The pioneering work in this field was carried out by the Manchester Museum 20 years ago with the medical artist Richard Neave. The techniques developed at the University of Manchester still lead the field: as well as reinvesting the ancient past with a semblance of life, they have secured the apprehension and conviction of murderers in modern times.
Museums in the UK, US, Turkey, Holland and Greece display heads reconstructed at Manchester. One of the most impressive pieces of recent archaeological detective work resulted from Richard Neave's reconstruction of the face of a skull exhumed in 1977 from a richly endowed burial chamber at Vergina in Macedonia.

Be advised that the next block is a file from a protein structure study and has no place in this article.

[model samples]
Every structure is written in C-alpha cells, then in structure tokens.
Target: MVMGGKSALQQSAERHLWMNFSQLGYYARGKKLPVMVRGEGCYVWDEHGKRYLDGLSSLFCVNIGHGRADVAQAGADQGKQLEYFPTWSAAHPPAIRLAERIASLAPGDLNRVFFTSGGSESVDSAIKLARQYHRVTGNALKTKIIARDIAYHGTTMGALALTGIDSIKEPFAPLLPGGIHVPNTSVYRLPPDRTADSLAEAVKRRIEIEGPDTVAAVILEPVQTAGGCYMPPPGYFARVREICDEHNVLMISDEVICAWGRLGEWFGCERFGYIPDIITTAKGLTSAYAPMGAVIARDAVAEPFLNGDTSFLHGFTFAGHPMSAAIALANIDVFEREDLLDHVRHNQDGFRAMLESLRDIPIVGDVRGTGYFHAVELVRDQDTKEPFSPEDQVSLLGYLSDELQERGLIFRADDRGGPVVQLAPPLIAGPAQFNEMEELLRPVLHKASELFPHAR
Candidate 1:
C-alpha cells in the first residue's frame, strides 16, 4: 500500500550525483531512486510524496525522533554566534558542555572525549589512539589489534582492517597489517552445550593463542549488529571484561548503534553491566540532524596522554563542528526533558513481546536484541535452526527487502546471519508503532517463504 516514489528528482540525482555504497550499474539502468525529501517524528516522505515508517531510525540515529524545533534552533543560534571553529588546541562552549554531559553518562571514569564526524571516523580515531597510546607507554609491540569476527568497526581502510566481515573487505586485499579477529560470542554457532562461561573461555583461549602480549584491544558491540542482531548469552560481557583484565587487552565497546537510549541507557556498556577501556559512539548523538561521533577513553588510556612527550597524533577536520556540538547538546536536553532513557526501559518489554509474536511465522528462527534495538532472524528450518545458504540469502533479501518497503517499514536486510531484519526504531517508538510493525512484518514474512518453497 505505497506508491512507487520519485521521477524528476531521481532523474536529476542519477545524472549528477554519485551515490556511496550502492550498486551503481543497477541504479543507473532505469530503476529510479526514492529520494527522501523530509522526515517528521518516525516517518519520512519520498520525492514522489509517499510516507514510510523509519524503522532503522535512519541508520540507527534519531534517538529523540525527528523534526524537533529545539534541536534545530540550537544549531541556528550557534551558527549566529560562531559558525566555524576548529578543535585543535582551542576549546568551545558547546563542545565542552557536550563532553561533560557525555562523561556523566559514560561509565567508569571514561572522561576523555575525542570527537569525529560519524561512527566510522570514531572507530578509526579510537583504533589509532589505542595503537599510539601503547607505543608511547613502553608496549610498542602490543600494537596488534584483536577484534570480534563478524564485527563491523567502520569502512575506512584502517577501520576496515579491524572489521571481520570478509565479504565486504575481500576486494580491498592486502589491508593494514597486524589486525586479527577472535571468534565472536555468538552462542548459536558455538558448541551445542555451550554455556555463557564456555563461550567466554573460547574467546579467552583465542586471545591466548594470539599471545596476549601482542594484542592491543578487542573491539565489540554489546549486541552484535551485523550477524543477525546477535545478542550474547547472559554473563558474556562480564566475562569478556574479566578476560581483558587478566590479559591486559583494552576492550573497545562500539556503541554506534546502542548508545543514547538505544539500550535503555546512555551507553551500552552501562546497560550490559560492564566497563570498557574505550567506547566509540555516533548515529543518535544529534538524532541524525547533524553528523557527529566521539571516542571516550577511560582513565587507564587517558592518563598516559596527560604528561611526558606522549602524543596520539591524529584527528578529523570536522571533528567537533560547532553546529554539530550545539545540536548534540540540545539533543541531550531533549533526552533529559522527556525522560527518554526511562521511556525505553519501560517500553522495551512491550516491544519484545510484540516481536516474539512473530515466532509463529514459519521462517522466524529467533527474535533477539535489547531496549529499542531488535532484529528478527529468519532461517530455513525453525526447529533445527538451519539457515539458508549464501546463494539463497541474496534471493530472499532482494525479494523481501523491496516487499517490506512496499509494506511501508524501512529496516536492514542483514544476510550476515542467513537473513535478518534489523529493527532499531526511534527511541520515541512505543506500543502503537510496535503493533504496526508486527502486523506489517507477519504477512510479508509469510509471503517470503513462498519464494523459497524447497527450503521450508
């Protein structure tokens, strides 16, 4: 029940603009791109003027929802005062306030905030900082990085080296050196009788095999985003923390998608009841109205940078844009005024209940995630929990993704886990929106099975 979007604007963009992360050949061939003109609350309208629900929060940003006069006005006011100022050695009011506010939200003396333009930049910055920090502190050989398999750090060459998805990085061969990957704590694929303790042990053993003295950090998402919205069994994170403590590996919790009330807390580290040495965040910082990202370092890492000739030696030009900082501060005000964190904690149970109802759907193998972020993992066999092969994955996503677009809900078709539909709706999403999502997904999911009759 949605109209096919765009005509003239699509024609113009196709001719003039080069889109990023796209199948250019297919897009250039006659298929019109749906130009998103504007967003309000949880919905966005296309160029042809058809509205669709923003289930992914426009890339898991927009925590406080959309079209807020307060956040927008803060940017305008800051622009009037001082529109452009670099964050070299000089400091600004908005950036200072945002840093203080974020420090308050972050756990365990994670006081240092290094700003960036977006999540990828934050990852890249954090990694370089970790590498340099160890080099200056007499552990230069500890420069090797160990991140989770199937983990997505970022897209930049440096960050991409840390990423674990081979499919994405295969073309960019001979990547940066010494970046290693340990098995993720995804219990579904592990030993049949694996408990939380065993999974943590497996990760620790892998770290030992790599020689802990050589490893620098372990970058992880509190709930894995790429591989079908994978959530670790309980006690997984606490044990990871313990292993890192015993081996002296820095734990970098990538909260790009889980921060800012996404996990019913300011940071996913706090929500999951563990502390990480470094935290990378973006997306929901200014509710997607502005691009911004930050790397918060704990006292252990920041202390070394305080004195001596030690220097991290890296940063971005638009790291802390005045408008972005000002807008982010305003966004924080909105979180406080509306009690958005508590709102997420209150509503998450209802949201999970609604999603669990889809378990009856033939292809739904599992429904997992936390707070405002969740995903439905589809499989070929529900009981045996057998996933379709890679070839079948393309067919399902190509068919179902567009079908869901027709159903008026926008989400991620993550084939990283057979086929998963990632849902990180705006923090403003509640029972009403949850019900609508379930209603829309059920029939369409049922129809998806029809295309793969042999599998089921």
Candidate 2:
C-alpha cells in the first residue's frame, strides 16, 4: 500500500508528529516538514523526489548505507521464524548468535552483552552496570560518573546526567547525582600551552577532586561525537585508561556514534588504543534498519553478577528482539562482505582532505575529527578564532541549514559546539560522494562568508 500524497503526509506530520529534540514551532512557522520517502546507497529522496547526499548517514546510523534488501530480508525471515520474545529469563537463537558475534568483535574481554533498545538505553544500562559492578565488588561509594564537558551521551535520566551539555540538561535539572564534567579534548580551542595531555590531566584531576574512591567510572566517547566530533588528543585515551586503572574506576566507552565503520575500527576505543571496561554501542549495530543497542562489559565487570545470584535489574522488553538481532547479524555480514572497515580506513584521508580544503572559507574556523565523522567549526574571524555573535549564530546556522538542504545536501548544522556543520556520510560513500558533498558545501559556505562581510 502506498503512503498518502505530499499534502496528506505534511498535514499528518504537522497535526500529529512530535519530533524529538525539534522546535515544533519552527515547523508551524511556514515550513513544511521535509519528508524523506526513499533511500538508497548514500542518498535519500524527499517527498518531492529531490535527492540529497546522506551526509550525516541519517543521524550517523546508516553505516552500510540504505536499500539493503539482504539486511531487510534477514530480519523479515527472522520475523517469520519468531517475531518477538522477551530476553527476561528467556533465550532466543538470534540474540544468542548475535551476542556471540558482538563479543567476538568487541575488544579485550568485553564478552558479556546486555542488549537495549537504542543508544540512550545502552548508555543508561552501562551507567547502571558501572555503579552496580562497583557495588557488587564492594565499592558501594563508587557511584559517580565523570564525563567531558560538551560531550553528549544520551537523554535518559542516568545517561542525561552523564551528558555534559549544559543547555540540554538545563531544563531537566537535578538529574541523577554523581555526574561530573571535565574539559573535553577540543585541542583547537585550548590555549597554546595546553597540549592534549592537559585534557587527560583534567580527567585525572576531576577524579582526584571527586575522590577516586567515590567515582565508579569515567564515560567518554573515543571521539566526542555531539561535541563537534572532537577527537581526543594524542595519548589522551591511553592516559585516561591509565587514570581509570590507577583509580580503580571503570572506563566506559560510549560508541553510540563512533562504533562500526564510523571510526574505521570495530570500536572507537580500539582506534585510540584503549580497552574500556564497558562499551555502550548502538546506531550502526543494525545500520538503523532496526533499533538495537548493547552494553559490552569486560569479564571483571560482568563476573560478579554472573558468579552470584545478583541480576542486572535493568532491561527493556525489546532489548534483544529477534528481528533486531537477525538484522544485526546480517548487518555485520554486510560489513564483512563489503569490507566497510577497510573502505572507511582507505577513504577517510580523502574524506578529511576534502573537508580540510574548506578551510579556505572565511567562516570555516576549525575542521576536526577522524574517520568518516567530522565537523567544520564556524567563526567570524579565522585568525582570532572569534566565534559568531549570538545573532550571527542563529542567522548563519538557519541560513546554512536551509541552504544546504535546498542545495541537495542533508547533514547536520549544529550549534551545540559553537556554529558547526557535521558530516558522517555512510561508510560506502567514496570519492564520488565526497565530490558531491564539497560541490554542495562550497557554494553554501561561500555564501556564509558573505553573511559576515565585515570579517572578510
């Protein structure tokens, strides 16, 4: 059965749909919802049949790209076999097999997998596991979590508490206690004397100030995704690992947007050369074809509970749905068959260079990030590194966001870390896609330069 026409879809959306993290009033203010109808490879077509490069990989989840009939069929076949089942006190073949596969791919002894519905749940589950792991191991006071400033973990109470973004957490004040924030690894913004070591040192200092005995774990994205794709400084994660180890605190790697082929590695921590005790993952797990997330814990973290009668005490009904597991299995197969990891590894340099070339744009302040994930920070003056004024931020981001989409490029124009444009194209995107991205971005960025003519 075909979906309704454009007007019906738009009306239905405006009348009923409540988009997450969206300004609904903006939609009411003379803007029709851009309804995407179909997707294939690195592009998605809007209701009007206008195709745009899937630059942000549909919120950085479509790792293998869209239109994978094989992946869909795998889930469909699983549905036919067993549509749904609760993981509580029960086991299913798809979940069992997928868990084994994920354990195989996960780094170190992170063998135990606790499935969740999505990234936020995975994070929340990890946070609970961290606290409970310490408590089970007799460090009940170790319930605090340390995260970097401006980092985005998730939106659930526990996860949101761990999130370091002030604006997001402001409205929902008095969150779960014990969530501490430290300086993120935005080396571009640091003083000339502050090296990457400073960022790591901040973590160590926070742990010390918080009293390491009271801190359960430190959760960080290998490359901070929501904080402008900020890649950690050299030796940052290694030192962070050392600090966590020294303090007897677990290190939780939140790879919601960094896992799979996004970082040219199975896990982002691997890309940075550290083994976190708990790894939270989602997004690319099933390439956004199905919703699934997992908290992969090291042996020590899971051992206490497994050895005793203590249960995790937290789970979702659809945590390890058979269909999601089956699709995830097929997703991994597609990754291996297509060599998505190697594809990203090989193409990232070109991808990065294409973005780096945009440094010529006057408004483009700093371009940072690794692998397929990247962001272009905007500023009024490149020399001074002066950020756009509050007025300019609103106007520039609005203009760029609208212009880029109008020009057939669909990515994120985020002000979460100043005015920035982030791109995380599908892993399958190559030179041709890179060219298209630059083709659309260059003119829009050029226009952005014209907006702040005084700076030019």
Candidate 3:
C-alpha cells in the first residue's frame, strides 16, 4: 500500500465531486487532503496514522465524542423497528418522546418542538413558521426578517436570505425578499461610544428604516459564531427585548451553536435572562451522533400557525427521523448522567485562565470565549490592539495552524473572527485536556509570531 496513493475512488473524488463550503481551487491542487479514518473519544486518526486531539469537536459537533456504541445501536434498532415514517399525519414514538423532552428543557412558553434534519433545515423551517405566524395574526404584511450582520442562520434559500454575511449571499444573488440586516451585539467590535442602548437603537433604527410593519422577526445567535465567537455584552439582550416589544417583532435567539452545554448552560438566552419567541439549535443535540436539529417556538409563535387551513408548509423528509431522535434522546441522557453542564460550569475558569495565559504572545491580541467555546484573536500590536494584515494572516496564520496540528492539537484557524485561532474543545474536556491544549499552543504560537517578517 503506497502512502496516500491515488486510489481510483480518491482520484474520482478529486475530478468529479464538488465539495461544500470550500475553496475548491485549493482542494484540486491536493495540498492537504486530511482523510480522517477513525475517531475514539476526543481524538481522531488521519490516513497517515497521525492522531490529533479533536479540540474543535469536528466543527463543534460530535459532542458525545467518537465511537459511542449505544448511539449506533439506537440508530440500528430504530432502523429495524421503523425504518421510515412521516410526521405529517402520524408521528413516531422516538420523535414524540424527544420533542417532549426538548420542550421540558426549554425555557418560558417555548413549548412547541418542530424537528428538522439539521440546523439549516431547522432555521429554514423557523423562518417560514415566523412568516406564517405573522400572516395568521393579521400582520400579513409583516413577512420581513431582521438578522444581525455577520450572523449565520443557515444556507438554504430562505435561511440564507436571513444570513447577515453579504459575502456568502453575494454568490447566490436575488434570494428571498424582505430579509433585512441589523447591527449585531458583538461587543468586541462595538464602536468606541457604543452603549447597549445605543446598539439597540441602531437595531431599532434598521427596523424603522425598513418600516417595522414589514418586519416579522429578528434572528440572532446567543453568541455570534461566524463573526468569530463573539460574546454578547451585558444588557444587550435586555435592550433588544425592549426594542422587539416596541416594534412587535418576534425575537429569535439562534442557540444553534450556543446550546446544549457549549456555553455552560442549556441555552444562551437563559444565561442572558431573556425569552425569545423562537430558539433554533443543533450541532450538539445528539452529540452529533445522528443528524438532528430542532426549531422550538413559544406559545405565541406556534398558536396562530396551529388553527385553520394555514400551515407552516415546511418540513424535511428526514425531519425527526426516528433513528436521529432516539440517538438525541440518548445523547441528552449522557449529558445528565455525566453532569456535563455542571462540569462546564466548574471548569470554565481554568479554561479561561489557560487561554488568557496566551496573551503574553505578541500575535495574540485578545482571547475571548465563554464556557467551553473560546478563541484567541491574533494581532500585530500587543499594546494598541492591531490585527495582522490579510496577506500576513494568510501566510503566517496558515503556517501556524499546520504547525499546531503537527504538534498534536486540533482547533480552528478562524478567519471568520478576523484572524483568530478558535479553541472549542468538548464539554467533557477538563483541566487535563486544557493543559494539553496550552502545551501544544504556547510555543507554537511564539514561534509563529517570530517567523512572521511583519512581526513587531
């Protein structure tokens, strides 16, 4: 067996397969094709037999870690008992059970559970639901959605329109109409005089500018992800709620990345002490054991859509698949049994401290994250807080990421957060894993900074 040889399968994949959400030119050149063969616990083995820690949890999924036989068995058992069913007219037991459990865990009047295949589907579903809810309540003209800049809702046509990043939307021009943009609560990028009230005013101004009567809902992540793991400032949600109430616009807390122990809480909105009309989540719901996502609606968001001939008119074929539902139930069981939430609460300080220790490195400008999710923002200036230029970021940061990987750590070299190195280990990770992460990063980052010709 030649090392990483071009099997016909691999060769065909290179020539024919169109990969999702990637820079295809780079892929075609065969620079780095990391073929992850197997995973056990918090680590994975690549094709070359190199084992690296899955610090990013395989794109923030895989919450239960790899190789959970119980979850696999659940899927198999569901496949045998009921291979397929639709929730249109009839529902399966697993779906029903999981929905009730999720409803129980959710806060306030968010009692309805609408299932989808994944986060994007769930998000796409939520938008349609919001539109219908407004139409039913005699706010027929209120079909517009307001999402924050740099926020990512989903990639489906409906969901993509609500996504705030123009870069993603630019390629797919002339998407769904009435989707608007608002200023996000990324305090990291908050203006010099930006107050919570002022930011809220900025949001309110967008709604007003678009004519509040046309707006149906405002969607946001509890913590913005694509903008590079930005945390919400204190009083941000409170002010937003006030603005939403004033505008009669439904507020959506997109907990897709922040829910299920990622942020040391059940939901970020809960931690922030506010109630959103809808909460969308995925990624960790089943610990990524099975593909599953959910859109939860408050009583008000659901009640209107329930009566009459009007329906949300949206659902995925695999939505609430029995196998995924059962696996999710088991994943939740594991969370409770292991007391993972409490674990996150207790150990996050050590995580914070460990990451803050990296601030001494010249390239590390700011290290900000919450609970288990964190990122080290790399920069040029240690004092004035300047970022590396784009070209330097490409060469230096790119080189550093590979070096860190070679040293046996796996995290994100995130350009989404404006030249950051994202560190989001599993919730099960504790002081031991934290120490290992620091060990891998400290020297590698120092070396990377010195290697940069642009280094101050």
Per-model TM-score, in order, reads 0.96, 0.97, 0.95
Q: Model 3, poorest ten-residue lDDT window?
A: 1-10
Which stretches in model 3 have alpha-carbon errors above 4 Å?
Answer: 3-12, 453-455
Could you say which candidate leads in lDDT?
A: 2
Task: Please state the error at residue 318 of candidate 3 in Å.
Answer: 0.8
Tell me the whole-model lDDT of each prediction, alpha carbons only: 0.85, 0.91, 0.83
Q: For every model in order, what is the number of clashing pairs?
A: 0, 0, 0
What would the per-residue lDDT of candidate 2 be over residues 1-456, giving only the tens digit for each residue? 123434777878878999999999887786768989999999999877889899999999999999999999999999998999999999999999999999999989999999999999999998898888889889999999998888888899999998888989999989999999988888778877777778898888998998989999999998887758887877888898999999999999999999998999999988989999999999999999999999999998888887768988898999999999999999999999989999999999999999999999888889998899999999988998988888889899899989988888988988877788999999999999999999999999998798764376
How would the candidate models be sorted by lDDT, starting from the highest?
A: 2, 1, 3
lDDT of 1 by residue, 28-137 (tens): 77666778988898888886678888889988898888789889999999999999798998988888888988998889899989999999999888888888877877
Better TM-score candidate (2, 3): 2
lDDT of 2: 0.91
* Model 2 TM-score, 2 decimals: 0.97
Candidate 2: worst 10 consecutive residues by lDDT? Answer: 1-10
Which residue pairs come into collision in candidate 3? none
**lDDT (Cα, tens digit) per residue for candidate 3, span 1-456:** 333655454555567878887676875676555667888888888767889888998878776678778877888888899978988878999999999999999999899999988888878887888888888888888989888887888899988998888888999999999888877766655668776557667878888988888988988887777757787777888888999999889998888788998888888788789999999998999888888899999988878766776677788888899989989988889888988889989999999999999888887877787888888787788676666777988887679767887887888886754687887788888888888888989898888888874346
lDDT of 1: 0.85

Some years before death, the head had received a terrible wound to the right temple from above, which would certainly have resulted in the loss of the right eye. This, with other circumstantial evidence, clinched the identity of the occupant of the tomb as Philip II of Macedon, father of Alexander the Great, who survived the loss of his right eye from an arrow wound in 354 BC, 18 years before his murder. It has also confirmed Vergina as the site of the 'lost' capital of Macedonia, Aigai.
The Manchester Museum continues to develop its research programme on ancient human remains using the techniques of the forensic laboratory.
The Manchester Museum